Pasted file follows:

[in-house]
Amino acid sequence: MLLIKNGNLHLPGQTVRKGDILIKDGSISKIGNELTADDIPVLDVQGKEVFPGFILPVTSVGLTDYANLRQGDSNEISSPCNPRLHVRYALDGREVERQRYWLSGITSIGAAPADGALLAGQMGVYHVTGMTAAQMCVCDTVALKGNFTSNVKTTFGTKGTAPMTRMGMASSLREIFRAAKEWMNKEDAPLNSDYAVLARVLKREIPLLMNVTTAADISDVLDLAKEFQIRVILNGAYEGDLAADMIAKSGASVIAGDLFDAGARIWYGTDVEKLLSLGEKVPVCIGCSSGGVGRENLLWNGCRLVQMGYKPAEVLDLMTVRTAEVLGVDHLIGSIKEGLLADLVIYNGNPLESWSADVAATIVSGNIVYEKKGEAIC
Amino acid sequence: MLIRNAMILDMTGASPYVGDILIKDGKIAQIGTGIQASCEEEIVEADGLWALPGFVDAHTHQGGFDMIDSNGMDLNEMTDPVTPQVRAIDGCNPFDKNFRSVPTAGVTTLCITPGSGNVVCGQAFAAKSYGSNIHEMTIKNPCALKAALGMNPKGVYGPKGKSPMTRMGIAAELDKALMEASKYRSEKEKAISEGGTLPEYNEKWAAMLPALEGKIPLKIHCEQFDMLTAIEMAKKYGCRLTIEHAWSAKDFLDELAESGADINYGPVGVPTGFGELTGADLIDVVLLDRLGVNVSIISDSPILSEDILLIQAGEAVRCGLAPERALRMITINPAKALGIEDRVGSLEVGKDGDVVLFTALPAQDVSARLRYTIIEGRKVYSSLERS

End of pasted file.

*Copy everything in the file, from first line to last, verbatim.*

[in-house]
Amino acid sequence: MLLIKNGNLHLPGQTVRKGDILIKDGSISKIGNELTADDIPVLDVQGKEVFPGFILPVTSVGLTDYANLRQGDSNEISSPCNPRLHVRYALDGREVERQRYWLSGITSIGAAPADGALLAGQMGVYHVTGMTAAQMCVCDTVALKGNFTSNVKTTFGTKGTAPMTRMGMASSLREIFRAAKEWMNKEDAPLNSDYAVLARVLKREIPLLMNVTTAADISDVLDLAKEFQIRVILNGAYEGDLAADMIAKSGASVIAGDLFDAGARIWYGTDVEKLLSLGEKVPVCIGCSSGGVGRENLLWNGCRLVQMGYKPAEVLDLMTVRTAEVLGVDHLIGSIKEGLLADLVIYNGNPLESWSADVAATIVSGNIVYEKKGEAIC
Amino acid sequence: MLIRNAMILDMTGASPYVGDILIKDGKIAQIGTGIQASCEEEIVEADGLWALPGFVDAHTHQGGFDMIDSNGMDLNEMTDPVTPQVRAIDGCNPFDKNFRSVPTAGVTTLCITPGSGNVVCGQAFAAKSYGSNIHEMTIKNPCALKAALGMNPKGVYGPKGKSPMTRMGIAAELDKALMEASKYRSEKEKAISEGGTLPEYNEKWAAMLPALEGKIPLKIHCEQFDMLTAIEMAKKYGCRLTIEHAWSAKDFLDELAESGADINYGPVGVPTGFGELTGADLIDVVLLDRLGVNVSIISDSPILSEDILLIQAGEAVRCGLAPERALRMITINPAKALGIEDRVGSLEVGKDGDVVLFTALPAQDVSARLRYTIIEGRKVYSSLERS